27. Michael Bratman, “Valuing and the Will” (2000) 14 Philosophical Perspectives 249 at 258 [Bratman, “Valuing”].

28. Michael Bratman, “Reflection, Planning and Temporally Extended Agency” (2000) 109 Philosophical Rev 35.

29. Bratman, “Valuing”, supra note 27 at 258-59.

30. Bratman, “Two Problems”, supra note 26 at 319-20.

31. Bratman, Michael, “Introduction” in Bratman, Michael, ed, Structures of Agency (Oxford: Oxford University Press, 2007) 1 at 6.

32. John Locke, An Essay on Human Understanding (1690) book II, ch xxvii at para 9.

33. Bratman, “Valuing”, supra note 27 at 256.

34. Ibid at 258-59.

35. Ibid at 255.

36. Bratman, Michael, “Anchors for Deliberation” in Lumer, Christoph & Nannini, Sandro, eds, Intentionality, Deliberation and Autonomy (Aldershot: Ashgate, 2007) 187.

37. Allcard v Skinner (1876), 36 ChD 145 seems to be a case of the claimant’s being in the grip of a norm, that being obedience to the mother superior.

38. Cartwright, supra note 12 at 235.

39. Ibid at 236-37; on conditional intentions see also Michael Bratman, “Simple Intentions” (1979) 36 Philosophical Studies 245.

40. Ferrero, “Conditional Intentions”, supra note 23 at 700.

41. Ibid at 726-31.

42. Ibid at 726.

43. Cartwright, supra note 12 at 239-41; Davidson, Donald, “Intending” in Davidson, Donald, ed, Actions and Events (Oxford: Oxford University Press, 1984) 83 at 94.

44. Cartwright, supra note 12 at 242.

45. Ferrero, “Conditional Intentions”, supra note 23 at 702.

46. Ibid at 721.

47. Ibid at 724.

48. Ibid at 711-14.

49. Klass, supra note 2 at 109-10.

50. Ferrero, “Conditional Intentions”, supra note 23 at 709.

51. Ibid at 710.

52. Ibid at 720.

53. Bratman, Michael, “Practical Reasoning and Acceptance in a Context” in Bratman, Michael, ed, Faces of Intention (Cambridge: Cambridge University Press, 1999) 15.

54. Assuming that I do not discover that in fact I do not owe the money after all, as posited in the previous section.

55. Virgo, Graham, The Principles of the Law of Restitution, 2nd ed (Oxford: Oxford University Press, 2006) at 137 [Virgo, Principles of Restitution].

56. Webb, Charlie, “Intention, Mistake and Resulting Trusts” in Mitchell, Charles, ed, Constructive and Resulting Trusts (Oxford: Hart, 2010) 315 at 323–24.

57. Nair, supra note 5 at 389.

58. Ibid at 389.

59. [1980] QB 680.

60. Webb, supra note 56.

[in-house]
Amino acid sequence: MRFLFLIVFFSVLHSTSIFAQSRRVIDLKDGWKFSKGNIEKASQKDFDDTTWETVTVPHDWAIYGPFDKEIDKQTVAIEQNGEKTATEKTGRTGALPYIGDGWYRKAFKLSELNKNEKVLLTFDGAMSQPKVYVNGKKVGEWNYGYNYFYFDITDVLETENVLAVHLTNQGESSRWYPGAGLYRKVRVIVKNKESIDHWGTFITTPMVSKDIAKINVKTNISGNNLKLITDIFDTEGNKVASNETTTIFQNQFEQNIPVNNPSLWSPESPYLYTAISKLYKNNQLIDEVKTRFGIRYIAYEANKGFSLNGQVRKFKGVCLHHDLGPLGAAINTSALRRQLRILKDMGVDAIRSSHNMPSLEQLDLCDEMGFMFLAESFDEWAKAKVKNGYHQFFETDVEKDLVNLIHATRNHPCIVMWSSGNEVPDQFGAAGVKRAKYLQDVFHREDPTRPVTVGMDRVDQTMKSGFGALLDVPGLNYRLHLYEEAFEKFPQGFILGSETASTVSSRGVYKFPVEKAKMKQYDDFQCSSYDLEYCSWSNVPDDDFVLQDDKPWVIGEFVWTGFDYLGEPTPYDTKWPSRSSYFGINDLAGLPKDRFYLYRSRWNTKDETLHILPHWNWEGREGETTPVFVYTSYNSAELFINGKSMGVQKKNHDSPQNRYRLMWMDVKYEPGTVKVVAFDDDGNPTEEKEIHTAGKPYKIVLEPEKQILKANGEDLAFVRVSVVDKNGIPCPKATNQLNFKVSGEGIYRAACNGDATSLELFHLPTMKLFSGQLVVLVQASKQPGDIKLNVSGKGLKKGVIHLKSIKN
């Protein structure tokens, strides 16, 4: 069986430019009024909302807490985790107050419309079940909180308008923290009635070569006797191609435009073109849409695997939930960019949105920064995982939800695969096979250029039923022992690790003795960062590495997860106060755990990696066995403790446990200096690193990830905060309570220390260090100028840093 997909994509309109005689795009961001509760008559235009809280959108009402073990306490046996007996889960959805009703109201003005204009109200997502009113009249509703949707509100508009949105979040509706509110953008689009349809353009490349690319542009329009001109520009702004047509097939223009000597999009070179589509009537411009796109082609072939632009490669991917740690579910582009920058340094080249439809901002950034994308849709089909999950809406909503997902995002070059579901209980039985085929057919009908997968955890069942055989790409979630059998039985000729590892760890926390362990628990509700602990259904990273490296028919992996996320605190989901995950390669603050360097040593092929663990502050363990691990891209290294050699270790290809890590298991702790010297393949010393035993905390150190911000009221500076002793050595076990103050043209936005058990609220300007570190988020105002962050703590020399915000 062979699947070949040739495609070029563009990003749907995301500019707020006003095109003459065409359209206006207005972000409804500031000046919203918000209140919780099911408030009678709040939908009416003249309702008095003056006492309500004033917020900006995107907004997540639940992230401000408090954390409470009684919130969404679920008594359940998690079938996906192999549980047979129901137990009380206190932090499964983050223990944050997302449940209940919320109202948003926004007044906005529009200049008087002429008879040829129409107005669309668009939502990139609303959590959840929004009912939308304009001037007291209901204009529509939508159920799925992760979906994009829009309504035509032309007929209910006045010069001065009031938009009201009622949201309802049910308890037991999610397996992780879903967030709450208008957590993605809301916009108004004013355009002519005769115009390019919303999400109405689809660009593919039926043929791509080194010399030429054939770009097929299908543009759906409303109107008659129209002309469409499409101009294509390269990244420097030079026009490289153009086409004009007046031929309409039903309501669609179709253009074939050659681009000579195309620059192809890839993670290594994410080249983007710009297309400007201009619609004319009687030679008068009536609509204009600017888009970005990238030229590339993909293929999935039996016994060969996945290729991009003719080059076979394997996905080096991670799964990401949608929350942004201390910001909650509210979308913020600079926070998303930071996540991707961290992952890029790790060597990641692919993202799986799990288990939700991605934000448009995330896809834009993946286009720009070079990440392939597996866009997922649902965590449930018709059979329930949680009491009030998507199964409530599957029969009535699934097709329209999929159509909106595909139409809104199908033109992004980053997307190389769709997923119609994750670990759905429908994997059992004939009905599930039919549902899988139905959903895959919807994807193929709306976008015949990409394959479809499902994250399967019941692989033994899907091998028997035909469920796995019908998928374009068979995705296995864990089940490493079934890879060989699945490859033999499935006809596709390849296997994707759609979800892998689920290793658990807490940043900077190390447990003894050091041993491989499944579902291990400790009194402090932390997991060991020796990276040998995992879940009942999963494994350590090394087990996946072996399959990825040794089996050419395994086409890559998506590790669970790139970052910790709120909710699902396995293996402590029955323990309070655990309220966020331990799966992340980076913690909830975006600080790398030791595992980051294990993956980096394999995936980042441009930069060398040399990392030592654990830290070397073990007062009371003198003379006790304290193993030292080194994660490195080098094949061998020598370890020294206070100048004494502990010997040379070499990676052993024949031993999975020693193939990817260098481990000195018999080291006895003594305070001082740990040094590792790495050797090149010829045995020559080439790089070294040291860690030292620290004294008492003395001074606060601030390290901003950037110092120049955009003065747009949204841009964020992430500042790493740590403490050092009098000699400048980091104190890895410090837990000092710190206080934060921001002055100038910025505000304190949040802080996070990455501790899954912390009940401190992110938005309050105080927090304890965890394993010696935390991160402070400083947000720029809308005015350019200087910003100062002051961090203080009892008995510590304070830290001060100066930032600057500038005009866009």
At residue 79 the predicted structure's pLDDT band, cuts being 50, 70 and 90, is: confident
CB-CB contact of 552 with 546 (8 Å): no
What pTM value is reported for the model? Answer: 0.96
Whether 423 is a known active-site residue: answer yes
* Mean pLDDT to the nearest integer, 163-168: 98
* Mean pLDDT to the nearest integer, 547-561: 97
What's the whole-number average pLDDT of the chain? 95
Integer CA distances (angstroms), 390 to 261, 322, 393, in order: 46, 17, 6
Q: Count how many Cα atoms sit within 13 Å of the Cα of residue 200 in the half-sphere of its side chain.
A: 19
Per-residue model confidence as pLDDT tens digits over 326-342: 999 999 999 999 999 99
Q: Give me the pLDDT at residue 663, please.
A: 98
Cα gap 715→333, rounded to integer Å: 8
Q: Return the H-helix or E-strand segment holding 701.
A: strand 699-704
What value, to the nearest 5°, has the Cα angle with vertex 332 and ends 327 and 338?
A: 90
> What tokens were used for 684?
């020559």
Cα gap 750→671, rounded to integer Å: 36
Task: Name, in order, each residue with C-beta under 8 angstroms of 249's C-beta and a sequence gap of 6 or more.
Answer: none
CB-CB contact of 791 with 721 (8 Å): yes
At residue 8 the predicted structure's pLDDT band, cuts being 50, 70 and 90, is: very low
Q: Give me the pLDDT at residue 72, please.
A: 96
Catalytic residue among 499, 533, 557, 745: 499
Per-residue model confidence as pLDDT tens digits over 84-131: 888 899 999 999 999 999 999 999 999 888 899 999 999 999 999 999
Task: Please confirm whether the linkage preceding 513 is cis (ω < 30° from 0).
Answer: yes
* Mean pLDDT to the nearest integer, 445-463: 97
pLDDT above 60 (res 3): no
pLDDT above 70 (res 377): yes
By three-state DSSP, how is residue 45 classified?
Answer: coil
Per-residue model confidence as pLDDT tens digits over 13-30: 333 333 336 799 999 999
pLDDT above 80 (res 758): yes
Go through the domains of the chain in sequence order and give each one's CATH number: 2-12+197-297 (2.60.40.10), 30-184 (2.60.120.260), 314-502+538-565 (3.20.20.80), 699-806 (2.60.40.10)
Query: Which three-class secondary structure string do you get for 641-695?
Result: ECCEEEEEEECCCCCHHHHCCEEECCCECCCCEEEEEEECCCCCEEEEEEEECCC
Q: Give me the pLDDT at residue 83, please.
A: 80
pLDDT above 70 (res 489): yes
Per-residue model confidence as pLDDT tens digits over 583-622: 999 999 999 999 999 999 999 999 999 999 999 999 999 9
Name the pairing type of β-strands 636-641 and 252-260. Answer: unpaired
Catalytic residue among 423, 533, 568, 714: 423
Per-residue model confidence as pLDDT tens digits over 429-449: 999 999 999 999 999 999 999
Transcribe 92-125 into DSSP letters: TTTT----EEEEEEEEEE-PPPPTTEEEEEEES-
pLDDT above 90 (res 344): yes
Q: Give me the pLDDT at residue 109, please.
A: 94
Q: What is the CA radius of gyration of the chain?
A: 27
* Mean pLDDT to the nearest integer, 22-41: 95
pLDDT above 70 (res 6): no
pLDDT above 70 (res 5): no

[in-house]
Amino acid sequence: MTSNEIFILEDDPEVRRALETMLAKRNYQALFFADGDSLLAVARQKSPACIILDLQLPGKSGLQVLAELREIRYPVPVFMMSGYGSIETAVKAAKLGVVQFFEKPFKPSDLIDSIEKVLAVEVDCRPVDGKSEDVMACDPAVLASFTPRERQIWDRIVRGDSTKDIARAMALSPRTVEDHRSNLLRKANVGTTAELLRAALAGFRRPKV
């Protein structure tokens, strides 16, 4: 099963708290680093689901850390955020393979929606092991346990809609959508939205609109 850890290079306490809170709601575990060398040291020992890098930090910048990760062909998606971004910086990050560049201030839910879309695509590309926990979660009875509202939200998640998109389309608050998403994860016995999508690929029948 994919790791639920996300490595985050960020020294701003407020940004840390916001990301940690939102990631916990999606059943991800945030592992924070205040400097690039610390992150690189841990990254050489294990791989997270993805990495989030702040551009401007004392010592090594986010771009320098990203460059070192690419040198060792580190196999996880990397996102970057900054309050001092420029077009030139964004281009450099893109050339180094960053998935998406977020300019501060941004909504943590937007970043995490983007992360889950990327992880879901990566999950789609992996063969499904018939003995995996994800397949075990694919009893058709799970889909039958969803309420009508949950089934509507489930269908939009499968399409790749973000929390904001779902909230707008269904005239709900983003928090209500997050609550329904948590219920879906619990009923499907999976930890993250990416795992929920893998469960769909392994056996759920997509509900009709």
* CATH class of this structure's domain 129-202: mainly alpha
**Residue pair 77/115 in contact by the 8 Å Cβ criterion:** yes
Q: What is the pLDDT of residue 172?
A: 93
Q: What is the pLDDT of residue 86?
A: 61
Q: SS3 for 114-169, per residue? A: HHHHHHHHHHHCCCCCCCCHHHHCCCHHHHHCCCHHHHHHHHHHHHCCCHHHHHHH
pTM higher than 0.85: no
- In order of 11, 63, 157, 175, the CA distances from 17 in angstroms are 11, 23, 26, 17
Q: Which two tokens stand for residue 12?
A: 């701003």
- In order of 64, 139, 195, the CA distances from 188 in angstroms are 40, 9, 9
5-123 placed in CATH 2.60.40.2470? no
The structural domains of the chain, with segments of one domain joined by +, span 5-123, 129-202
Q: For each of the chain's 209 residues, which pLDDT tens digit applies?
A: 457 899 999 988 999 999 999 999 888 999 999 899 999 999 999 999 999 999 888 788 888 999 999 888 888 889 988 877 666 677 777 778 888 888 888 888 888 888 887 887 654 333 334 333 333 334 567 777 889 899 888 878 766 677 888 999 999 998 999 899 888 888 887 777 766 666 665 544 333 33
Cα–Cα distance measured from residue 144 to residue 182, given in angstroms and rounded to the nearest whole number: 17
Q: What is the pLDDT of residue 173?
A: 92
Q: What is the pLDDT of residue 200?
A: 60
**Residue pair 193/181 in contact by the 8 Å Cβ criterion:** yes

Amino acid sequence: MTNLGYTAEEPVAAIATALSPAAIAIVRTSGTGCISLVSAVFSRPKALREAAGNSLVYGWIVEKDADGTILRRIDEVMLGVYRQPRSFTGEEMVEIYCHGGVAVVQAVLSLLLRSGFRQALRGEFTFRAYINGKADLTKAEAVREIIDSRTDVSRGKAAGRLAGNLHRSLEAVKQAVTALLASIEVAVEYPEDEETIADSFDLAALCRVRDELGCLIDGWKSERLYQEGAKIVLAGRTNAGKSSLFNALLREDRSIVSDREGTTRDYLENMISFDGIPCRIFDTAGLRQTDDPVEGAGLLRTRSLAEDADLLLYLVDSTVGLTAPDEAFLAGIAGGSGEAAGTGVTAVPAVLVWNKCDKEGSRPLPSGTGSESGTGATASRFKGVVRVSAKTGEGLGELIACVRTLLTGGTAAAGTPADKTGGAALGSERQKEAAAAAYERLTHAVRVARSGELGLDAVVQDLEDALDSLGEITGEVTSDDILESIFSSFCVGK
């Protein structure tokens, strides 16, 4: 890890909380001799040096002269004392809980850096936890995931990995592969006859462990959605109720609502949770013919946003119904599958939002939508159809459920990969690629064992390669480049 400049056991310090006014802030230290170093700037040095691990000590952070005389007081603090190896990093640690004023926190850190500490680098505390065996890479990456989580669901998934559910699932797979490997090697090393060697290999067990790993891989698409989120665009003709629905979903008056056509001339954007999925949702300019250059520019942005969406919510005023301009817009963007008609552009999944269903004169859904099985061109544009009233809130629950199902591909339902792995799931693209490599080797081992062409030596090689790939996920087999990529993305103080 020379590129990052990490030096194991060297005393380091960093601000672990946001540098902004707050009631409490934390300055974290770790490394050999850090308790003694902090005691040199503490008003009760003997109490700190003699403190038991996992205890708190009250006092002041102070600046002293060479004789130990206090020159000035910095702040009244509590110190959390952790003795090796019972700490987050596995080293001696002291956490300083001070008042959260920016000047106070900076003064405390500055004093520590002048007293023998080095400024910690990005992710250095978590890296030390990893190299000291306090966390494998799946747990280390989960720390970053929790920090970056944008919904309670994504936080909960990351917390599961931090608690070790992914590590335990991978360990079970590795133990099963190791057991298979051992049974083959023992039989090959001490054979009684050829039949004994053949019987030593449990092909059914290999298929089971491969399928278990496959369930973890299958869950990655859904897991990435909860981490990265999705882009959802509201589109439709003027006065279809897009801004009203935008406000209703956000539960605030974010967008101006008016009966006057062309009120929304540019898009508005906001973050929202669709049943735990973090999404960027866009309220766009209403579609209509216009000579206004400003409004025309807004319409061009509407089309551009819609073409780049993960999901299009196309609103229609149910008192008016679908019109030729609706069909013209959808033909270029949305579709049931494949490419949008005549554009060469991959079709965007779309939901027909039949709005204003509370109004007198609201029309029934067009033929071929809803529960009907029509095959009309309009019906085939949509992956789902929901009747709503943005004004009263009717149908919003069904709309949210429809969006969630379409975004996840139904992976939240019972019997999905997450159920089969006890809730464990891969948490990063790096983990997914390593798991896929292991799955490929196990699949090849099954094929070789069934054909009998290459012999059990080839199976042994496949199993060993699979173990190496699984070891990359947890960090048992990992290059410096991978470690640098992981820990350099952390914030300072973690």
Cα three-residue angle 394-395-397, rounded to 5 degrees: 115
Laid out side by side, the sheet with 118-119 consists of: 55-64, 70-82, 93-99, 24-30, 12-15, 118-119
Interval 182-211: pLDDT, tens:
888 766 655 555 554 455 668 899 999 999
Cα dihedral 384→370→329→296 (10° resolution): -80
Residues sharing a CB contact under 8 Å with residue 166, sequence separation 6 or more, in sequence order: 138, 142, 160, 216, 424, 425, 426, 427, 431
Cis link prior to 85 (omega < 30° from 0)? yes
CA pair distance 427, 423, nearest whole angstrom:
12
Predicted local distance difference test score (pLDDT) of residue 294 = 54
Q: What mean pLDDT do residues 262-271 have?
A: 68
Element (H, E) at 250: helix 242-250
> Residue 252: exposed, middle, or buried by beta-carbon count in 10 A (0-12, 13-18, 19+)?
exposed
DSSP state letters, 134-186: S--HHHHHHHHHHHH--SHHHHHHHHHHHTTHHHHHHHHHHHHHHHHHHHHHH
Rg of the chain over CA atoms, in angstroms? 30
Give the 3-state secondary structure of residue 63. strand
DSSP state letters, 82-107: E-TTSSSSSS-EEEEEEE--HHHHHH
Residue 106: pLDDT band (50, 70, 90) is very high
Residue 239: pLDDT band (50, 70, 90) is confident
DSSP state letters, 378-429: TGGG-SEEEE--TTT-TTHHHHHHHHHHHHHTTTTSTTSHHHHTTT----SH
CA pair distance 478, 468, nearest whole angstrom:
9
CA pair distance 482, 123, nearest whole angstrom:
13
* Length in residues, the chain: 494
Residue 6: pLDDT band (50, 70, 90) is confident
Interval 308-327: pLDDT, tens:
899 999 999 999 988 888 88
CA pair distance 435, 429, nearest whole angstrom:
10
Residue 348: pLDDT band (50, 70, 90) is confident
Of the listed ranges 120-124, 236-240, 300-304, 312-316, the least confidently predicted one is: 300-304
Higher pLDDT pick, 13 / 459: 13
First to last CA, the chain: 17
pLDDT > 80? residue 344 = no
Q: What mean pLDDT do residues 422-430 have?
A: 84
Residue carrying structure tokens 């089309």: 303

61. See, e.g., D Klimchuk, “The Scope and Structure of Unjust Enrichment” (2007) 57 UTLJ 795 at 799.

62. Sheehan, “Mistake”, supra note 6 at 552-65.

63. Nair, supra note 5 at 389-91.

64. Virgo, Principles of Restitution, supra note 55 at 150-51, discussing Larner v LCC [1949] 2 KB 683.

65. Ronald Dworkin, “Objectivity and Truth: You’d Better Believe It” (1996) 25 Phil & Pub Affairs 87; Dworkin, Ronald, Justice for Hedgehogs (Cambridge: Harvard University Press, 2011) at ch 2 [Dworkin, Justice].

66. Dworkin, Justice, ibid at 407.

67. Ibid at 125.

68. Velleman, J David, Self to Self (Cambridge: Cambridge University Press, 2006) at 214.

69. One might object that not acting increases our self-knowledge in another way, but assuming we do not act akratically, not acting and doing something else instead increases self-knowledge through the change of mind and the new prediction to act in a given way which is then followed through.

70. Criticised by Michael Bratman, “Cognitivism about Practical Reason” (1991) 102 Ethics 117, but see Gideon Yaffe, “Velleman on Intentions as Reasons for Action” (1995) 55 Analysis 107.

71. Luca Ferrero, “What Good is a Diachronic Will?” (2009) 144 Philosophical Studies 403 [Ferrero, “Diachronic Will”].

72. Ibid at 406.

73. Ibid at 408.

74. Ibid at 416.

75. Ibid at 416-19; see also Luca Ferrero, “Decisions, Diachronic Autonomy and the Division of Deliberative Labour” (2010) 10 Philosopher’s Imprint 1.

76. Bratman, Michael, “Intention, Belief, Practical, Theoretical” in Robertson, Simon, ed, Spheres of Reason (Oxford: Oxford University Press, 2009) 29 at 51–52.

77. Ferrero, “Diachronic Will”, supra note 71 at 410.

78. Ibid at 410-11.

79. Ibid at 419.

80. Ibid at 419-20.

81. Pitt, supra note 19.

82. [2008] EWHC 118, [2009] Ch 162.

83. Ibid at 171.

84. [2011] EWCA Civ 197 at para 198, a paragraph discussed approvingly in the Supreme Court in Pitt, supra note 19 at para 110; for further case law denying relief for mispredictions see Barder v Barder, [1986] 3 WLR 145 (CA); Dextra Bank v Bank of Jamaica, [2002] 1 All ER (Comm) 602 (PC).

85. (1912) 81 LJ Reports King’s Bench Old Series 465 (HL (Eng)); Virgo, Principles of Restitution, supra note 55 at 149-50.

86. Weeliem Seah, “Mispredictions, Mistakes and the Law of Unjust Enrichment” [2007] RLR 93 at 103-05; Virgo, Graham, “Demolishing the Pyramid: The Presence of Basis and Risk-Taking in the Law of Unjust Enrichment” in Robertson, Andrew & Wu, Tang Hang, eds, The Goals of Private Law (Hart: Oxford, 2011) 477 at 504; Stephen Donald Architects Ltd v King, [2003] EWHC 1867; Countrywide Communications v ICL Pathway Ltd, [2000] CLC 324; Regalian Properties Ltd v LDDC, [1995] 1 WLR 212; Pitt, supra note 19.

87. Virgo, Principles of Restitution, supra note 55 at 162-64.

88. Paul Davies, “Risk in Unjust Enrichment” [2012] RLR 58 at 60-61; James Goodwin, “Failure of Basis in the Contractual Context” [2013] RLR 24 at 30 has a similar example about a car washer. Cf Fred Wilmot-Smith, “Replacing Risk-Taking Reasoning” (2011) 127 Law Q Rev 610 at 613 arguing risk is circular, discussed by Goodwin at 31-32.

89. This is Bratman’s example in Michael Bratman, “Temptation and the Agent’s Standpoint” (2014) 57:3 Inquiry 293.

90. This is Searle’s example discussed in Abraham Sesshu Roth, “Shared Agency”, online: (Spring 2011) in The Stanford Encyclopedia of Philosophy, by Edward N Zalta at 2, http://plato.stanford.edu/entries/shared-agency/.

91. See, e.g., Margaret Gilbert, “Shared Intentions and Personal Intentions” (2009) 144 Philosophical Studies 167 [Gilbert, “Shared Intentions”]; discussed in Michael Bratman, Shared Agency (Oxford: Oxford University Press, 2014) at 113-18.